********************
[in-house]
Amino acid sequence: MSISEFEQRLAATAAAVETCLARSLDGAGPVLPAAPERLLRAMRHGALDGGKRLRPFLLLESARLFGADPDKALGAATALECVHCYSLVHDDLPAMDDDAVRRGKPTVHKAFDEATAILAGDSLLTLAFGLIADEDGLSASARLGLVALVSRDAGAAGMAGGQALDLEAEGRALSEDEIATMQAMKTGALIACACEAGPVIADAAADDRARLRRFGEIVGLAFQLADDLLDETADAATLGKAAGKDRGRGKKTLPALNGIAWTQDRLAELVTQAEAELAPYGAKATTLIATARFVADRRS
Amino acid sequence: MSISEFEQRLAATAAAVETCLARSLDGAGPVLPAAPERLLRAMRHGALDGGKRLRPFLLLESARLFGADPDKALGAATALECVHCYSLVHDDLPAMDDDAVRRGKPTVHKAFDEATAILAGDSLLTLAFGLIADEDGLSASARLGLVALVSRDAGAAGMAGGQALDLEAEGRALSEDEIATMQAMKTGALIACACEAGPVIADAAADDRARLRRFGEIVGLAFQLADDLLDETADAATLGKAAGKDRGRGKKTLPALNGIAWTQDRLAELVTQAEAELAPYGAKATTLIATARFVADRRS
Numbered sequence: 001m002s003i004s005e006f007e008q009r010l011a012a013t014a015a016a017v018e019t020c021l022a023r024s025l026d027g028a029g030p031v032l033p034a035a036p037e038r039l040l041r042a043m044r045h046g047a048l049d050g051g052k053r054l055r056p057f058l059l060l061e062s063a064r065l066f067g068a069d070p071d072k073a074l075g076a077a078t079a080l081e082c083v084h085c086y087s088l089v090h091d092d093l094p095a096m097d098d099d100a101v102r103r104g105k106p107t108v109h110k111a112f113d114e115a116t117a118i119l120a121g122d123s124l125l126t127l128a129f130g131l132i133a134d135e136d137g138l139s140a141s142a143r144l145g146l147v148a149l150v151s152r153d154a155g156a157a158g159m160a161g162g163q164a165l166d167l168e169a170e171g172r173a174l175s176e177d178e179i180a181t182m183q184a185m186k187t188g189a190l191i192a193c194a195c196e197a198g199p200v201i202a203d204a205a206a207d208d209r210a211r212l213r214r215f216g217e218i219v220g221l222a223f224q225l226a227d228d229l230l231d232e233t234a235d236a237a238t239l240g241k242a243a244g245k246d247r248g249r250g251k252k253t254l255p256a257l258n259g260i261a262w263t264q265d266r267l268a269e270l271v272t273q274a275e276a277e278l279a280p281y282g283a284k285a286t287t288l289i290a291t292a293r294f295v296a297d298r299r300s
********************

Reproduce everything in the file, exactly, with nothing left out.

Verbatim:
[in-house]
Amino acid sequence: MSISEFEQRLAATAAAVETCLARSLDGAGPVLPAAPERLLRAMRHGALDGGKRLRPFLLLESARLFGADPDKALGAATALECVHCYSLVHDDLPAMDDDAVRRGKPTVHKAFDEATAILAGDSLLTLAFGLIADEDGLSASARLGLVALVSRDAGAAGMAGGQALDLEAEGRALSEDEIATMQAMKTGALIACACEAGPVIADAAADDRARLRRFGEIVGLAFQLADDLLDETADAATLGKAAGKDRGRGKKTLPALNGIAWTQDRLAELVTQAEAELAPYGAKATTLIATARFVADRRS
Amino acid sequence: MSISEFEQRLAATAAAVETCLARSLDGAGPVLPAAPERLLRAMRHGALDGGKRLRPFLLLESARLFGADPDKALGAATALECVHCYSLVHDDLPAMDDDAVRRGKPTVHKAFDEATAILAGDSLLTLAFGLIADEDGLSASARLGLVALVSRDAGAAGMAGGQALDLEAEGRALSEDEIATMQAMKTGALIACACEAGPVIADAAADDRARLRRFGEIVGLAFQLADDLLDETADAATLGKAAGKDRGRGKKTLPALNGIAWTQDRLAELVTQAEAELAPYGAKATTLIATARFVADRRS
Numbered sequence: 001m002s003i004s005e006f007e008q009r010l011a012a013t014a015a016a017v018e019t020c021l022a023r024s025l026d027g028a029g030p031v032l033p034a035a036p037e038r039l040l041r042a043m044r045h046g047a048l049d050g051g052k053r054l055r056p057f058l059l060l061e062s063a064r065l066f067g068a069d070p071d072k073a074l075g076a077a078t079a080l081e082c083v084h085c086y087s088l089v090h091d092d093l094p095a096m097d098d099d100a101v102r103r104g105k106p107t108v109h110k111a112f113d114e115a116t117a118i119l120a121g122d123s124l125l126t127l128a129f130g131l132i133a134d135e136d137g138l139s140a141s142a143r144l145g146l147v148a149l150v151s152r153d154a155g156a157a158g159m160a161g162g163q164a165l166d167l168e169a170e171g172r173a174l175s176e177d178e179i180a181t182m183q184a185m186k187t188g189a190l191i192a193c194a195c196e197a198g199p200v201i202a203d204a205a206a207d208d209r210a211r212l213r214r215f216g217e218i219v220g221l222a223f224q225l226a227d228d229l230l231d232e233t234a235d236a237a238t239l240g241k242a243a244g245k246d247r248g249r250g251k252k253t254l255p256a257l258n259g260i261a262w263t264q265d266r267l268a269e270l271v272t273q274a275e276a277e278l279a280p281y282g283a284k285a286t287t288l289i290a291t292a293r294f295v296a297d298r299r300s